Texas is overran with hogs. I have even heard it referred to as a hog apocalypse. There is no arguing that point, but what is the best way to control the population? Is using bait laced with poison the answer?

It depends on who you ask. The government would like to think so. But, landowners, hunters, and private citizens don’t all feel the same way.

Recently I had the opportunity to hog hunt at Twin Boars Outdoors near Knox City, Texas.

Jeremy Eaton, owner of Twin Boars Outdoors expressed his thoughts to me. “Warfarin, one of the biggest mistakes our great state of Texas has ever made. Why would any group of politicians vote to approve baiting areas to control a population of feral hogs already controlled by the growing hunting industry with the risk of spreading chronic toxicity? The root of all evil is what I think, the dollar. To pass on the liability to the land owners and away from the state’s tax payer funding. Poison is not the answer. We the global hunters are the answer. Go pick up your nephew, grandson, niece or granddaughter up from school today. Get them in the woods. They are the answer. Generation to generation, coast to coast. Bring those young ones to Texas to Twin Boars Outdoors. let’s build a growing hunting generation even bigger in response to this huge Texas mistake.

This field at Twin Boars Outdoors was destroyed by wild hogs in just a few nights.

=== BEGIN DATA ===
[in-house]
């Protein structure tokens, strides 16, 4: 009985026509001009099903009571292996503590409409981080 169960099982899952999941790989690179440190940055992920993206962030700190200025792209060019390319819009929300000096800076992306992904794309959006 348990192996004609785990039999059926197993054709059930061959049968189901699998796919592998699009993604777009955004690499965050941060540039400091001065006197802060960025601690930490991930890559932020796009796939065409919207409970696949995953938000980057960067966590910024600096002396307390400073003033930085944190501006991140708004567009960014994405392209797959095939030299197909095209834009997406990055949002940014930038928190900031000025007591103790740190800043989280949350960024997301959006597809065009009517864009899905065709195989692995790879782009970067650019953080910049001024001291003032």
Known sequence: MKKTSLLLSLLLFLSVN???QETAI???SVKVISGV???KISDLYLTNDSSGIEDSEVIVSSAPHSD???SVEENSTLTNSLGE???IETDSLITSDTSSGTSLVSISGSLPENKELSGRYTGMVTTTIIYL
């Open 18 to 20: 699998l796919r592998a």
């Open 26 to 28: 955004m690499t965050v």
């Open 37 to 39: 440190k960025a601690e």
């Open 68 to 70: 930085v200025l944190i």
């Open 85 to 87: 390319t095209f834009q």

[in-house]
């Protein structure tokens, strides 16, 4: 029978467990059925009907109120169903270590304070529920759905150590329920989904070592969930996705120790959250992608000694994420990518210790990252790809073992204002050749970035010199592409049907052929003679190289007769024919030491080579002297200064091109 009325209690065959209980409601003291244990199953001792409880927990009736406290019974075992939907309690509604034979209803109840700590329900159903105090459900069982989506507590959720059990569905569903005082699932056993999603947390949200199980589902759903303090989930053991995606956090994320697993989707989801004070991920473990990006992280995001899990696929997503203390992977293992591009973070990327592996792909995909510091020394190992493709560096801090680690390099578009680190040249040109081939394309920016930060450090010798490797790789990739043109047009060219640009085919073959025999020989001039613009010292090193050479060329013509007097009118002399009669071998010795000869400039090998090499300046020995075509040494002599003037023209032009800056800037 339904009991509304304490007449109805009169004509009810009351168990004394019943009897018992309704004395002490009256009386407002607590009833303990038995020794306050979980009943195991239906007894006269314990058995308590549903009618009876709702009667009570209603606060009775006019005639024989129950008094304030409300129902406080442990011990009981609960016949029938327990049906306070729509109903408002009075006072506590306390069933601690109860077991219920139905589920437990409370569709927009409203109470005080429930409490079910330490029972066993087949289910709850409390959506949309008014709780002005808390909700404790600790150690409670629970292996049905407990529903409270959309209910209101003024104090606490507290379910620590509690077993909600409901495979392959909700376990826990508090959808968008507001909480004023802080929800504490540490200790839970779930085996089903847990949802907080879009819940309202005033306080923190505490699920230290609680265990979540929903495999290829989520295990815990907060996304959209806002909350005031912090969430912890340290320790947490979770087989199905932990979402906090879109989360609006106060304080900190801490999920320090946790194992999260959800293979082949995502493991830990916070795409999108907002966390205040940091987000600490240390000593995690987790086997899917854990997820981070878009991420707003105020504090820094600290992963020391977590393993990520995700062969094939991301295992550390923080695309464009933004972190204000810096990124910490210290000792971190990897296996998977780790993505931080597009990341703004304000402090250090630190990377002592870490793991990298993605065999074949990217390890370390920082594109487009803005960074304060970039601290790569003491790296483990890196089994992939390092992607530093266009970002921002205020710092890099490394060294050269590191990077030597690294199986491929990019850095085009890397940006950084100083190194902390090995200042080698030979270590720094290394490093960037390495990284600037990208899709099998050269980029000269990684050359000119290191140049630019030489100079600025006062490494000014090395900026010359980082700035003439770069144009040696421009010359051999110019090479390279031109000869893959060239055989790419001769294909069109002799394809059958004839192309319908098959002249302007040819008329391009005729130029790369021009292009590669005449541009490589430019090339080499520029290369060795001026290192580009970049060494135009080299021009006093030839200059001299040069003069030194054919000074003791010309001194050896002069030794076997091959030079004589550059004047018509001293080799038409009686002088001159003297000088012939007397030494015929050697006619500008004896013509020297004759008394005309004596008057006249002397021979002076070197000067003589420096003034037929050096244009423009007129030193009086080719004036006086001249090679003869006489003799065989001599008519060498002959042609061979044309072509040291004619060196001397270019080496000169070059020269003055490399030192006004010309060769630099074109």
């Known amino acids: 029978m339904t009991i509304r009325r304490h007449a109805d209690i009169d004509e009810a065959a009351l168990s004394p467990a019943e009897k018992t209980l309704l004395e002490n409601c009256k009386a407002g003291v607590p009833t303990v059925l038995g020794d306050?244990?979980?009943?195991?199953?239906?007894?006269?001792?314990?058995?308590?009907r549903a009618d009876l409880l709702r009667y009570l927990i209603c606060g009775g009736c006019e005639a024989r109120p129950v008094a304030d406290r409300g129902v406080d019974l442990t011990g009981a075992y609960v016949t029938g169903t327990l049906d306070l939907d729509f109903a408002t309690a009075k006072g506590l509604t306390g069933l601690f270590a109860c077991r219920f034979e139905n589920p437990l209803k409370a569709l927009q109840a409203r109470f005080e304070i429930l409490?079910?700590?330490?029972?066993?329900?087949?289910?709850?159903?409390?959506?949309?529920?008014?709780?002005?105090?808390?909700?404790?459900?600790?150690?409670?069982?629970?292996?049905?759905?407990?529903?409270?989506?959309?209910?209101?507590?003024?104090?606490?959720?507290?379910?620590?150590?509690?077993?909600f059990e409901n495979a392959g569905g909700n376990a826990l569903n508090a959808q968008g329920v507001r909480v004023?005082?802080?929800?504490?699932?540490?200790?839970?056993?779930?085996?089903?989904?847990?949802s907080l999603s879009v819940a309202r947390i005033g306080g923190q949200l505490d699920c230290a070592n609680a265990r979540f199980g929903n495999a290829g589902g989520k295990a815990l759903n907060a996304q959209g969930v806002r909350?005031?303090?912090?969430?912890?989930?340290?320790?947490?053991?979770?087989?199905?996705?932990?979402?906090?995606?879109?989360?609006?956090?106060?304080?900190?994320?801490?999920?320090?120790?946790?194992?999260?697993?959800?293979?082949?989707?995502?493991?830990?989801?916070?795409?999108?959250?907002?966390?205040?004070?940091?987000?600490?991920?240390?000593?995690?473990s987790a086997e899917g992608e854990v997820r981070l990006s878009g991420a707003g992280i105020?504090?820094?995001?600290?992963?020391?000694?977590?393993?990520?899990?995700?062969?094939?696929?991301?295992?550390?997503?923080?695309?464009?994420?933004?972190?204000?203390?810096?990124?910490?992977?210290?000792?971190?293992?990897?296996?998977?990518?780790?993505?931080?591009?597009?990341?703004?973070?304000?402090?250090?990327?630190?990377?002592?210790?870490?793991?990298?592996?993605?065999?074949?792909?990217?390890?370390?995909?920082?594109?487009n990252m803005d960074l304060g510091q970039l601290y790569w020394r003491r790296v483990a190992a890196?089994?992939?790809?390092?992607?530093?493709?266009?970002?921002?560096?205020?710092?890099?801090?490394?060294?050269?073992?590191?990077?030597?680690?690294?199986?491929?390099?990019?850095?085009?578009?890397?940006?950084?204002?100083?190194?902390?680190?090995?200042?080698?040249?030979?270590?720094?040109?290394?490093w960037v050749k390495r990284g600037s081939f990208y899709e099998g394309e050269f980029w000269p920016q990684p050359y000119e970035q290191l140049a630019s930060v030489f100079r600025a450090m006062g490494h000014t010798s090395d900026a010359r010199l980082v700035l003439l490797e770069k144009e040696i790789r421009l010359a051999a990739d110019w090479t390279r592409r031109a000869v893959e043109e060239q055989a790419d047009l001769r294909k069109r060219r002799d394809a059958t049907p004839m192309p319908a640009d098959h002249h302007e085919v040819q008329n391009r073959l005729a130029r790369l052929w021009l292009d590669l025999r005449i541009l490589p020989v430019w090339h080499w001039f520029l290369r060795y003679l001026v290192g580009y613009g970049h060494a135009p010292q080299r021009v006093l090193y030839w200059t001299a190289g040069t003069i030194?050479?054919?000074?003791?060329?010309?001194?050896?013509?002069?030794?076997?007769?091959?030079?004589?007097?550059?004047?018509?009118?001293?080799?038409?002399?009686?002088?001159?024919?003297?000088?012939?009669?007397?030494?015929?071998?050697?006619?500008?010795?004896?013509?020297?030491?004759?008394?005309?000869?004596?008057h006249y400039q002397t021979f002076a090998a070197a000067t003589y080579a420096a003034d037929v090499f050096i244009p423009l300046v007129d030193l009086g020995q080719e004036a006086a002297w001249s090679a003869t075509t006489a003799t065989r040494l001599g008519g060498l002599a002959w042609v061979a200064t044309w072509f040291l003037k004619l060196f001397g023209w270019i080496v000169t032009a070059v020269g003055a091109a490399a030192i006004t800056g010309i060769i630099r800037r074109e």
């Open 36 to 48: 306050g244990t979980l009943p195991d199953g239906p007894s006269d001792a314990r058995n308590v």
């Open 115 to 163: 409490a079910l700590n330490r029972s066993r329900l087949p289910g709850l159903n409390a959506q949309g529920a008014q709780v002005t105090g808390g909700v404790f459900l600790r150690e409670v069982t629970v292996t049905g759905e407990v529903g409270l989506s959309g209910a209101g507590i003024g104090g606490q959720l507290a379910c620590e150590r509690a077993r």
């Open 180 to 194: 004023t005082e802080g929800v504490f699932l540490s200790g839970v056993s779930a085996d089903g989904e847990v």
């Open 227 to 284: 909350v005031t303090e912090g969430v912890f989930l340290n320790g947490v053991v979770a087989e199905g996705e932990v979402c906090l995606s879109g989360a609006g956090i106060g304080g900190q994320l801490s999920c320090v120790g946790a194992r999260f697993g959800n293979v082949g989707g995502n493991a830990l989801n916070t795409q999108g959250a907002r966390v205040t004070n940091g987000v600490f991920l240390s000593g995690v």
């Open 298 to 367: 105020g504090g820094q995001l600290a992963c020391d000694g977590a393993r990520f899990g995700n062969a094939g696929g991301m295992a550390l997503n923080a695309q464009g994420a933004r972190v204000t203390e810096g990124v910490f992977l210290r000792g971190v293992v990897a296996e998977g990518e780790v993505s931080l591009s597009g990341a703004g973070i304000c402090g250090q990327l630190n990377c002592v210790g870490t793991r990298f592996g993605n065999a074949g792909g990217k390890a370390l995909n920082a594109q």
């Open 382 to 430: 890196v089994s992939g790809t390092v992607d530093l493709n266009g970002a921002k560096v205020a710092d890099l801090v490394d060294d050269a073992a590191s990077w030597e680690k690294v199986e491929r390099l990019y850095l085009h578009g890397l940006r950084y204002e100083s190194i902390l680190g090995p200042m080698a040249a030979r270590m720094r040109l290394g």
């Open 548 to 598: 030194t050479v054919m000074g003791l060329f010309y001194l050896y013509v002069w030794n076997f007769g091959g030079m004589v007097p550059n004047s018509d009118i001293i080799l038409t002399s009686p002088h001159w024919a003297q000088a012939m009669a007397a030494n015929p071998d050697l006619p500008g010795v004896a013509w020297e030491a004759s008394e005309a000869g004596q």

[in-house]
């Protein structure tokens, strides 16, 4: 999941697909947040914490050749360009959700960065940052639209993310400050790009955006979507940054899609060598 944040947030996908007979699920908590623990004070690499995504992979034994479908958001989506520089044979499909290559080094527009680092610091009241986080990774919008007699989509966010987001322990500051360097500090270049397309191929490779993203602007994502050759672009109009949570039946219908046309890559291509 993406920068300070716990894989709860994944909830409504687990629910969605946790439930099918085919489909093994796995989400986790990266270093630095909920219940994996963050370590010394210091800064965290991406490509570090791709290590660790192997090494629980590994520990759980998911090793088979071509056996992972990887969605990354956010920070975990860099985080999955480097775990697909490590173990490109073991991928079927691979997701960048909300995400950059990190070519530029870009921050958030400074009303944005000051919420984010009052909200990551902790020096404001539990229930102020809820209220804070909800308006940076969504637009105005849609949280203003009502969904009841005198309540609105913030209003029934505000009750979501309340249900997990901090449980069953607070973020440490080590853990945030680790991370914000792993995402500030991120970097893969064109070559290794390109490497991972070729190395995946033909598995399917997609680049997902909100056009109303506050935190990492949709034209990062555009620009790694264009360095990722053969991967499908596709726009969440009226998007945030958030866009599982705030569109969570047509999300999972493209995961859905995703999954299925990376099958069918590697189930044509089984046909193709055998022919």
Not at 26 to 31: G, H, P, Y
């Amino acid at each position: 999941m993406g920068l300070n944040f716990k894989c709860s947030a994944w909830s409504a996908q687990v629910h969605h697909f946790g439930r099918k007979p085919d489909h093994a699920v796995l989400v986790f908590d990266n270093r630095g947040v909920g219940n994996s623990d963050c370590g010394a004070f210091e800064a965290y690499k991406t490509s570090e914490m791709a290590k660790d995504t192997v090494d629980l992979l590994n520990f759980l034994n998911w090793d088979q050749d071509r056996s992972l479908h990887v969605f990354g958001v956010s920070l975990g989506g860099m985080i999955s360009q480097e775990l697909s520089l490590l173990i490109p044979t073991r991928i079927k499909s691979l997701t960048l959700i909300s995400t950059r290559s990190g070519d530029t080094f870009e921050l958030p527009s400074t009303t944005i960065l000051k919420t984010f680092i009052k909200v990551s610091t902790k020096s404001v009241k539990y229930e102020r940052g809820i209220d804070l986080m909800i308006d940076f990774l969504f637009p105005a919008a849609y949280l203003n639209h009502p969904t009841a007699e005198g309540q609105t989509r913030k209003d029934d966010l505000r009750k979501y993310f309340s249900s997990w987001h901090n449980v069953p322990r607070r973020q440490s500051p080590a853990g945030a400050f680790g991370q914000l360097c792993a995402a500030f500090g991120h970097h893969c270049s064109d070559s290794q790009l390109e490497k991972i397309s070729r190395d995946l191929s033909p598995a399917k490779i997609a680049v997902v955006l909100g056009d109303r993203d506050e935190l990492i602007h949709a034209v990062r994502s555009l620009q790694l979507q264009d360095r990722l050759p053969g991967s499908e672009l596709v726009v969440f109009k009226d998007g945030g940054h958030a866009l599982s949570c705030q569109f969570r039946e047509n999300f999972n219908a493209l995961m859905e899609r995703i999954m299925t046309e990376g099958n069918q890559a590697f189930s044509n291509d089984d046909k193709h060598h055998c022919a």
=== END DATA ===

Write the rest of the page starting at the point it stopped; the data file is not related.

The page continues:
Tony Cantu has more about this on Patch.com.

Texas State Agriculture Commissioner Sid Miller is touting what he says will be the magic bullet to curb the out-of-control feral hog population in the state as he continues his longstanding war against the porcine enemy. He recently approved the use of the “Kaput Feral Hog Lure” to thin the wild herd that has become a nuisance for farmers given the maruading hogs’ destruction of crops and property in the rural parts of the state.

It’s the latest assault on a determined and prolifically breeding enemy, following efforts over the years to thin its ranks by allowing hunters to shoot them from helicopters, with packs of dogs and, naturally, shotguns, with no limit on the amount that can be bagged. Miller touts his newly approved use of poison as a “major new weapon” in the state arsenal against the hog enemy.

Oh, and then there’s the cost savings! Miller said in a recent press conference the Texas Department of Agriculture won’t need to dole out $900,000 in state funding earmarked for feral hog control research. You know, because the poison is probably going to kill most of the animals, rendering the research moot.